It saddens me to say that today our Tokyo staff has people who are too young, too arrogant, or too much of a chicken to properly respond to any of my requests, and so much so that our work suffers. They tend to draw whatever they want to draw, and try to take ownership. They don’t understand what it means to work as a unit.
Syd Mead is the only person who became involved with the studio and worked so hard with us- despite the Pacific and the distance.
He really taught us an incredibly valuable lesson. If you have the ability to perform, then you have an ability to understand. If you have this ability to understand, then you can work with any age group. We learned from his greatness, the power to be humble and to cater to all needs.
WORKING WITH CULTURE
I’m sure that readers will gain the insight they seek, if they look through the process and the final product that is in this compilation. There’s really no need to add details about that. When going through the pages of the process, people who are in the in will easily come to see where there were any problems. If you don’t see it, then it just means that you don’t really have a trained eye.
A few points need to be made though.
One thing I want to stress, is that it’s really exciting to work with someone who comes from a different culture, and to really feel that difference. I learned that any limitations in our perspectives that cause problems, are personal (petty).
These personal issues, are really the results of holding a culture dear to yourself, after living within a society and specific structure. Our values are not definitive. Yet, we need to live by them. After all, what is life if we don’t stick to our beliefs?
Life may be that way, but the creative process is something else. Every action comes with its own effect, so that something new comes out of it. It is impossible to do so with a narrow mindset or attitude. If you look back on history, or think about anyone you know who comes with endless potential, that person is probably free and without conditions or restrictions. Otherwise, if someone doesn’t have talent, then they can create something new by looking for new inspiration. The ordinary person does this.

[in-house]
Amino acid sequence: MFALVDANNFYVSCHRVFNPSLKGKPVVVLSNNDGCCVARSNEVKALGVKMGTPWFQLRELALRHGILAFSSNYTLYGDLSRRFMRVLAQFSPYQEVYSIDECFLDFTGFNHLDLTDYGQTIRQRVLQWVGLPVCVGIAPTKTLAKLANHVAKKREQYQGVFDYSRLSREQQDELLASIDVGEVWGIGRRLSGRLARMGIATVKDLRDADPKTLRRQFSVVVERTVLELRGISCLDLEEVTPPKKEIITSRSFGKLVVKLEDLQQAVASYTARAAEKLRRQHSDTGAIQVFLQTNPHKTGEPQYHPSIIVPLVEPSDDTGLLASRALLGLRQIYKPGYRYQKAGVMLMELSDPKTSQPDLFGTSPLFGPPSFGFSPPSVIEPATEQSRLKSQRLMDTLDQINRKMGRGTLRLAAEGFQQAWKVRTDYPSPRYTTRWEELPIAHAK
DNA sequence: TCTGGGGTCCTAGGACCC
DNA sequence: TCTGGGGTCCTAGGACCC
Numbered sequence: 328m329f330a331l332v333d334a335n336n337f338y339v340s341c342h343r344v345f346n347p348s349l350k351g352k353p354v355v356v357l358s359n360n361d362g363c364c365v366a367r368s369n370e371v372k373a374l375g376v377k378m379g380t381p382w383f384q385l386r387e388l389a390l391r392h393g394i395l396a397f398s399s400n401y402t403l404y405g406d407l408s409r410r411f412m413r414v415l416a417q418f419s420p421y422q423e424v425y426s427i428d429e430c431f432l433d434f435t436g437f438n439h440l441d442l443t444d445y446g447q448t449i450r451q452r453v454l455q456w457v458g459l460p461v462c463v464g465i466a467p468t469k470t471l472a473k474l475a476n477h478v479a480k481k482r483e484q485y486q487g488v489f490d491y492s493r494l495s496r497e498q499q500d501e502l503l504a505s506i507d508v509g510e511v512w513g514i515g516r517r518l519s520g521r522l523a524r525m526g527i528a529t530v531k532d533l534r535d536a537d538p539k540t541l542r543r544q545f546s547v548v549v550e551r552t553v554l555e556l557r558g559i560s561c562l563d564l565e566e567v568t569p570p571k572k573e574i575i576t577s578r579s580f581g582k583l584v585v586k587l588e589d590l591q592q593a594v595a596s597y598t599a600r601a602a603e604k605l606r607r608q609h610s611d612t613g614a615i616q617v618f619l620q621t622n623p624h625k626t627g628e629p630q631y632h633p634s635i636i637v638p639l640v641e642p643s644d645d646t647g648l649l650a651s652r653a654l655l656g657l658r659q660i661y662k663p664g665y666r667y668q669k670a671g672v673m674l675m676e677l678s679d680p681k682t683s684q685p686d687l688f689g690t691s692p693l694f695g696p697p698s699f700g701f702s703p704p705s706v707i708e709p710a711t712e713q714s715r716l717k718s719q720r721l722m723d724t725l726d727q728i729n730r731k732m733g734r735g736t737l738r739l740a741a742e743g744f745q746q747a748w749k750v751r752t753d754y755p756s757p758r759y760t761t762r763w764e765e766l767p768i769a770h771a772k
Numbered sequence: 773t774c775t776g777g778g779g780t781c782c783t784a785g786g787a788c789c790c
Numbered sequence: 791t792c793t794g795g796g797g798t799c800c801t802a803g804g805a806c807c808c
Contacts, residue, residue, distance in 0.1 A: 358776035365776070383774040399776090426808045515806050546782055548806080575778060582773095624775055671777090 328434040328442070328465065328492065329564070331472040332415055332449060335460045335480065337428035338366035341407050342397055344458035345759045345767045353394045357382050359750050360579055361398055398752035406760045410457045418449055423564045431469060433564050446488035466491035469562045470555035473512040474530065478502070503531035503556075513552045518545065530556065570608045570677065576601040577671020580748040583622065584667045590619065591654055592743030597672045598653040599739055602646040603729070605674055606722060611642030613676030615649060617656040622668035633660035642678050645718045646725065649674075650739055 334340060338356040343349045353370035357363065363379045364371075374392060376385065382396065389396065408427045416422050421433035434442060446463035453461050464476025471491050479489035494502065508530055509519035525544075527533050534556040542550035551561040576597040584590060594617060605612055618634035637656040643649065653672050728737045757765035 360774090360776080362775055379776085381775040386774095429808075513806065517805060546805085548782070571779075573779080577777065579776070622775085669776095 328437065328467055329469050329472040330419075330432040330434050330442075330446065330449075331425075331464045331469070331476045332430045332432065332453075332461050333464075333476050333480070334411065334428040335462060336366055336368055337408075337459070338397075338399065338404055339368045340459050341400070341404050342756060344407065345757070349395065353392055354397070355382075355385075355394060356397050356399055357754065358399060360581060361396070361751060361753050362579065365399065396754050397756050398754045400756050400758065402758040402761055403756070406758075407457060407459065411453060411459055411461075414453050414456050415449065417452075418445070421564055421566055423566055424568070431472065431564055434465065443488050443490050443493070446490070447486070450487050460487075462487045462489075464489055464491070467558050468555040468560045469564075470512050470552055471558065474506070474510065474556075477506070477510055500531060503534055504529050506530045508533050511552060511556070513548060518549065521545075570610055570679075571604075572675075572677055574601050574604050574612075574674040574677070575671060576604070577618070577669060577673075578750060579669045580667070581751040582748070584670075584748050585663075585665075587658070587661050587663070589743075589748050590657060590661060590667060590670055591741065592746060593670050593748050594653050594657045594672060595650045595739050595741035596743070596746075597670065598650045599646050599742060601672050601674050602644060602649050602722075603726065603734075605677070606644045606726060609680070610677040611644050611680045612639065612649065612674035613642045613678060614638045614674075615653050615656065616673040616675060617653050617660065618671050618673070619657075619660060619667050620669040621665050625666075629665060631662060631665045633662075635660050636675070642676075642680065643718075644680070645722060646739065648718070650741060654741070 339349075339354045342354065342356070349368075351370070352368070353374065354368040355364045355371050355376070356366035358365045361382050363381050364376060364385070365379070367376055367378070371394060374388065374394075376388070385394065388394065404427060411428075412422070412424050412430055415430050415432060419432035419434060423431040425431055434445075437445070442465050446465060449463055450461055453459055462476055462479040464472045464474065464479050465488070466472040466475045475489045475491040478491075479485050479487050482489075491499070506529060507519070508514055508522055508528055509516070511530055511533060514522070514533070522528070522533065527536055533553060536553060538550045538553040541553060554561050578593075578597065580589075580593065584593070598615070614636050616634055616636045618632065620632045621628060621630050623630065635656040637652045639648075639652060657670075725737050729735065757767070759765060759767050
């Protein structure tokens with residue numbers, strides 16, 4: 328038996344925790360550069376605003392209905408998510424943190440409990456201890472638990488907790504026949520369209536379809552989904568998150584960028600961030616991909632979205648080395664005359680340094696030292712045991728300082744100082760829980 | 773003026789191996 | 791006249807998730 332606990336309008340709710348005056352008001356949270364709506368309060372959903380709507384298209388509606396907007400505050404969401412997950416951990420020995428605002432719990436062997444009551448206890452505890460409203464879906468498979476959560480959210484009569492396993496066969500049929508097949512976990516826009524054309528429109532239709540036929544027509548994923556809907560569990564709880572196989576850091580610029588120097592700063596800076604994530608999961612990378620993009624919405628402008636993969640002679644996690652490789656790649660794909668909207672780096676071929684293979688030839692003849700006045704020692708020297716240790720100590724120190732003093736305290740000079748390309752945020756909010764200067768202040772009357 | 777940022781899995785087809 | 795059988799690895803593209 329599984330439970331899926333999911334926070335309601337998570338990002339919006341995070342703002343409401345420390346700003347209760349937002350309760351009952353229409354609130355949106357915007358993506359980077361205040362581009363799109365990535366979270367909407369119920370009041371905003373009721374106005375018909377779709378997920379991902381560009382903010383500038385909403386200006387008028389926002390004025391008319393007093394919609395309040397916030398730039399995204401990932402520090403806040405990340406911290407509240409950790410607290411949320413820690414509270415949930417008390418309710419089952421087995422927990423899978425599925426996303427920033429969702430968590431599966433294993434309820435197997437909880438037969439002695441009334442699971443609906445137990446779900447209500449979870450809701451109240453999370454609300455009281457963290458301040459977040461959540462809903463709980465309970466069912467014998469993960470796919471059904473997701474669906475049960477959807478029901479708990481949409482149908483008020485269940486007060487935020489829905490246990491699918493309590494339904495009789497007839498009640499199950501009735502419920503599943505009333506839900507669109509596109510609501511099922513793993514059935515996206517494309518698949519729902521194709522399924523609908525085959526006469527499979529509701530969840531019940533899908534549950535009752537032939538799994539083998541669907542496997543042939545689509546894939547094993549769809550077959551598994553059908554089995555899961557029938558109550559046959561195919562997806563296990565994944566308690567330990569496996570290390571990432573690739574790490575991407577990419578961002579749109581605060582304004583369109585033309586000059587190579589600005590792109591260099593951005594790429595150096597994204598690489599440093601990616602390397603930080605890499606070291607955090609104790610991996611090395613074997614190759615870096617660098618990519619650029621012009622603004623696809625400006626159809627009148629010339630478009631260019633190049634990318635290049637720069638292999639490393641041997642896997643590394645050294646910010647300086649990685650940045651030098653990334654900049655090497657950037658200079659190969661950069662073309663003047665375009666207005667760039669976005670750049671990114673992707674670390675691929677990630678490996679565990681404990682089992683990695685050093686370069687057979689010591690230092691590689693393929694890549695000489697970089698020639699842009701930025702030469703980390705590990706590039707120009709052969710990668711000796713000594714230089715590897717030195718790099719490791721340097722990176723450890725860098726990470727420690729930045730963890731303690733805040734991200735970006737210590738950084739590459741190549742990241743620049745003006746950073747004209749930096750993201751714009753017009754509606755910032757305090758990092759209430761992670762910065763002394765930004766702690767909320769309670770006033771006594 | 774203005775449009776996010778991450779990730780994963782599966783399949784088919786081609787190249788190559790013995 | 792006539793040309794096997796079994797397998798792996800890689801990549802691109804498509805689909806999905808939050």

Let’s take the Japanese artist Kaii Higashiyama, who passed away last year. Before World War II, he went abroad for two years in Germany to study western art history. This experience allowed him to explore Japanese art through a new foundation. The Japanese military’s “Zero-Sen” and “Yamato” are also great examples of how Japanese people took upon western technology as a new resource, and brought it back to the land of the rising sun. Nothing is really original, in this way.
There’s nothing really novel about this kind of human pattern. Apparently, though, it hasn’t occurred to the people involved in today’s Gundam world. The “Gundam” design hasn’t changed in 20 long years. This could be because people are afraid of change, or are avoiding the challenge. Most likely they have completely exhausted their imagination.
What if I were to say that I only look at the “Honda S8,” “Toyota 2000 GT” and “Morgan 2 Seat Open Car” as cars. All other cars are not acceptable. I mean, in the end I only drive that awful “Crown”. I can’t stand that thing, but it’s the best I can do. There’s so many options out there though.
People find that one thing in their lives that they think they own, and live through it. This is human nature, but it’s a complete mistake to assume that anything is their own and original product. It probably comes from our desire to be special, which is really just a defense mechanism.
The new Volkswagen Beetle is a nice car. The MRS looks pretty darn cool.
The bottom line is this. Unless they are genuinely a genius, there is nothing that one person can claim as their original work. To sum it up, we really needed to bring in a new kind of martial arts. I truly believe that residents of Tokyo live in a catalogue world, driven by specs and regulations. That’s why it’s easy to forget that change is a good thing. I only know this though working with Syd Mead.
The same goes for Mead. I’m sure that there were times when he had a fit too, alone in his studio, screaming “those bastards from Tokyo!” The number of times he didn’t pick up his phone is proof.
It’s been in the headlines a number of times, so I think it’s public information. When we first asked for the “Turn A” design, we requested something that resembled the Mitsubishi A6M Zero (Zero-Sen). What we received was something that much more closely resembled the Grumman (Cats).
The original design for Sumo is the perfect portrayal of “Turn A”’s design process. There was much discussion over the design of Sumo, and a need to educate Mead.